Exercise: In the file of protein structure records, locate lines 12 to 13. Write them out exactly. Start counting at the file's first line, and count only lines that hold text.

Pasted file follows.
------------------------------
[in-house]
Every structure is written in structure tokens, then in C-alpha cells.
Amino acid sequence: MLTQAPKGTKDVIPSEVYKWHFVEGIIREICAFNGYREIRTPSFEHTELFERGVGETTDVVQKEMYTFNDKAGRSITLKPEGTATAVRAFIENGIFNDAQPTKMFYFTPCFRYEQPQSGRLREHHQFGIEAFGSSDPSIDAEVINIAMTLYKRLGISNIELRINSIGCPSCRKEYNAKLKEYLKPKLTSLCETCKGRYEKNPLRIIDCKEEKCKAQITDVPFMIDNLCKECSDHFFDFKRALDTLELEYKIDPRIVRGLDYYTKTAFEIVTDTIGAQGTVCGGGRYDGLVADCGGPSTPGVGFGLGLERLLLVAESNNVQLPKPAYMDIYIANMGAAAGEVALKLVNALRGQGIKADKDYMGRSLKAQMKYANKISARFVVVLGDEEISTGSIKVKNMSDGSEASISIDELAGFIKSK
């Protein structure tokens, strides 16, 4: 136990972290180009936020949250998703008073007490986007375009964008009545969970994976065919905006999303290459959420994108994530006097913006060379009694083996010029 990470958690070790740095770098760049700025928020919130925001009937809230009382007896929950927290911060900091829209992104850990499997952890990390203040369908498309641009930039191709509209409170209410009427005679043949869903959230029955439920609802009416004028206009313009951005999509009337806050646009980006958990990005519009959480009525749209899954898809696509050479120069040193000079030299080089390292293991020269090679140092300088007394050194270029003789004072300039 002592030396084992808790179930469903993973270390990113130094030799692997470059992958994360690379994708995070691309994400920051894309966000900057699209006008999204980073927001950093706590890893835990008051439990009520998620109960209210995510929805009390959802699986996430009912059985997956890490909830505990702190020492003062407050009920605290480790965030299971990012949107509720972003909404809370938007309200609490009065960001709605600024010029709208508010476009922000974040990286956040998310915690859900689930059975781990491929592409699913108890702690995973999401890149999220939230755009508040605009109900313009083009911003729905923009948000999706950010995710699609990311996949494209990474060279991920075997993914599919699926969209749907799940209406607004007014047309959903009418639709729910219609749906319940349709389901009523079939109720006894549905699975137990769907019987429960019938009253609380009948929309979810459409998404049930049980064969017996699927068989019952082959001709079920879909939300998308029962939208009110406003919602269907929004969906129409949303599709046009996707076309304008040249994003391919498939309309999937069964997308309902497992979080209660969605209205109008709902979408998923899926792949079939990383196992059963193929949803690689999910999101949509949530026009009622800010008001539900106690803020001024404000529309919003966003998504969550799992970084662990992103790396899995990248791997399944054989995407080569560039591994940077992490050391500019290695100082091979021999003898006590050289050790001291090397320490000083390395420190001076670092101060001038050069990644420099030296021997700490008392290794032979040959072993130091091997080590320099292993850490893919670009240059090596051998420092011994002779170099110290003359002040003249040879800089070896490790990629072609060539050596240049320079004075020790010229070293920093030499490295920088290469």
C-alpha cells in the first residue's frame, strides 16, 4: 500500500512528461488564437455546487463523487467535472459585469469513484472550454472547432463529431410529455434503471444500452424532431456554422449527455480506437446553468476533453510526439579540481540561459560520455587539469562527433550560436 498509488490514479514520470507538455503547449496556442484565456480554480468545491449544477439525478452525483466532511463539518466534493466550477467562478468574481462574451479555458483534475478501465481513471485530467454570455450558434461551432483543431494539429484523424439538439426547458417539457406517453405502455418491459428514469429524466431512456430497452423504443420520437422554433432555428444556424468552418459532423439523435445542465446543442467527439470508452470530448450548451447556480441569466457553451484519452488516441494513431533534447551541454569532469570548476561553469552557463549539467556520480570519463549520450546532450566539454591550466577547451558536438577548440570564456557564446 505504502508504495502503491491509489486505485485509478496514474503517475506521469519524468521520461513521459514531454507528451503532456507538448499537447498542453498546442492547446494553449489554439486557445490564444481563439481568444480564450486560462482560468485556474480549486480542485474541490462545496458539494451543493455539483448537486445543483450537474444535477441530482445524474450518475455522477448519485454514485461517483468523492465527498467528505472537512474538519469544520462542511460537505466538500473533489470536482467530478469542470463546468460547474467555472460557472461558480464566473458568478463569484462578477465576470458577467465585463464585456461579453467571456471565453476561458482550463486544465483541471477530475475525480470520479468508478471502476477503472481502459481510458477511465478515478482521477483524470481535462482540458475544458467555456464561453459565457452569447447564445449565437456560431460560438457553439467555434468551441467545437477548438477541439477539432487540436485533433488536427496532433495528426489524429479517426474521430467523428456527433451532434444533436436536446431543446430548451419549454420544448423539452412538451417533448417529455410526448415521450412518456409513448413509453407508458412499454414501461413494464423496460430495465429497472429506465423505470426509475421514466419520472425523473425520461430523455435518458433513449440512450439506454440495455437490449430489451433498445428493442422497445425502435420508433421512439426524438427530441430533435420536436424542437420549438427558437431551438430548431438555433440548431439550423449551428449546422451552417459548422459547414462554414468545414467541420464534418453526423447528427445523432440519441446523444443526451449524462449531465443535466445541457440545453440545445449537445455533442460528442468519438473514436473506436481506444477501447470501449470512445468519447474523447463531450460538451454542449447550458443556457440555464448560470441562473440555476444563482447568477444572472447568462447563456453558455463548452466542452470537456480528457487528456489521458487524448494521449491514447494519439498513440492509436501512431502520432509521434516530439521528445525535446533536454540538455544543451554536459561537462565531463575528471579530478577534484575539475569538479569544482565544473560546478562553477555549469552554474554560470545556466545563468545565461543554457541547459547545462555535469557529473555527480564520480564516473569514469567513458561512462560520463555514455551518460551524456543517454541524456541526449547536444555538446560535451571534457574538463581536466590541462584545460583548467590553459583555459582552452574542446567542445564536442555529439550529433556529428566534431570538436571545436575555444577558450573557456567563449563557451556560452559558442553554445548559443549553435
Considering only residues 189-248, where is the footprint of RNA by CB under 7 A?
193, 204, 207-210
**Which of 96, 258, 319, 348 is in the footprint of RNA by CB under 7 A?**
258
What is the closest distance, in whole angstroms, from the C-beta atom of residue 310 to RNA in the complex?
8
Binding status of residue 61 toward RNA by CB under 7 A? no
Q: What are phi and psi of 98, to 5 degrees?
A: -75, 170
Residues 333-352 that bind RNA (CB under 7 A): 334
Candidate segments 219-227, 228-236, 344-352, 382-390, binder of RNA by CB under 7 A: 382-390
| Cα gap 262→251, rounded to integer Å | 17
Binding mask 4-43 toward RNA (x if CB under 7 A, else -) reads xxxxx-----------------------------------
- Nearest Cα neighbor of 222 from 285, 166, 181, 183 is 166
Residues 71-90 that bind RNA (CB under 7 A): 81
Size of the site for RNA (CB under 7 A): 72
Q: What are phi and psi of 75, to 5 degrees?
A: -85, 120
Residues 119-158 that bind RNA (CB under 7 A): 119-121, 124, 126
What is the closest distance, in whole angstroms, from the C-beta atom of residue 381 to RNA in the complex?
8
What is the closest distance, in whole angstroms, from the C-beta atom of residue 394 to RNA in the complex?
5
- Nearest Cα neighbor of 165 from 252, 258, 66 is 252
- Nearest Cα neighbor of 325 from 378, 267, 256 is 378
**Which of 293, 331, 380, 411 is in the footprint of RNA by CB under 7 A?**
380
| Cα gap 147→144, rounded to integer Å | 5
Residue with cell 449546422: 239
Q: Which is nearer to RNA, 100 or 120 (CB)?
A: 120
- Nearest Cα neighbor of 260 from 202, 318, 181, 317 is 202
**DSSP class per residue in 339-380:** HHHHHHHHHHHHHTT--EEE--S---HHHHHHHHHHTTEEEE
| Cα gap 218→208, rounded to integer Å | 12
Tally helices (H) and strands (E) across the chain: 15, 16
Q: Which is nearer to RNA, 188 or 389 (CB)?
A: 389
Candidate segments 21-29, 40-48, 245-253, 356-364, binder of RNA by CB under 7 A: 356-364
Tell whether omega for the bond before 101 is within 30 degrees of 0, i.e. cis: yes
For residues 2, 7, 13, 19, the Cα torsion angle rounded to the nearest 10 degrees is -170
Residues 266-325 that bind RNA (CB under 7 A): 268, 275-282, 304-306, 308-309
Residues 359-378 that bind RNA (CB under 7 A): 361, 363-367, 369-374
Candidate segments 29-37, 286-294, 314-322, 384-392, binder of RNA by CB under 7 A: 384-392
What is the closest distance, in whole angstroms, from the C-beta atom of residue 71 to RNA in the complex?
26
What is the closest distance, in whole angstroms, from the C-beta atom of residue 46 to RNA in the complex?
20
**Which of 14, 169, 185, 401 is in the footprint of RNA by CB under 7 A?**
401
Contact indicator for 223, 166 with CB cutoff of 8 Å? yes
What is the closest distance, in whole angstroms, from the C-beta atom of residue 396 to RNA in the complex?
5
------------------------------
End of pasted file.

Binding status of residue 61 toward RNA by CB under 7 A? no
Q: What are phi and psi of 98, to 5 degrees?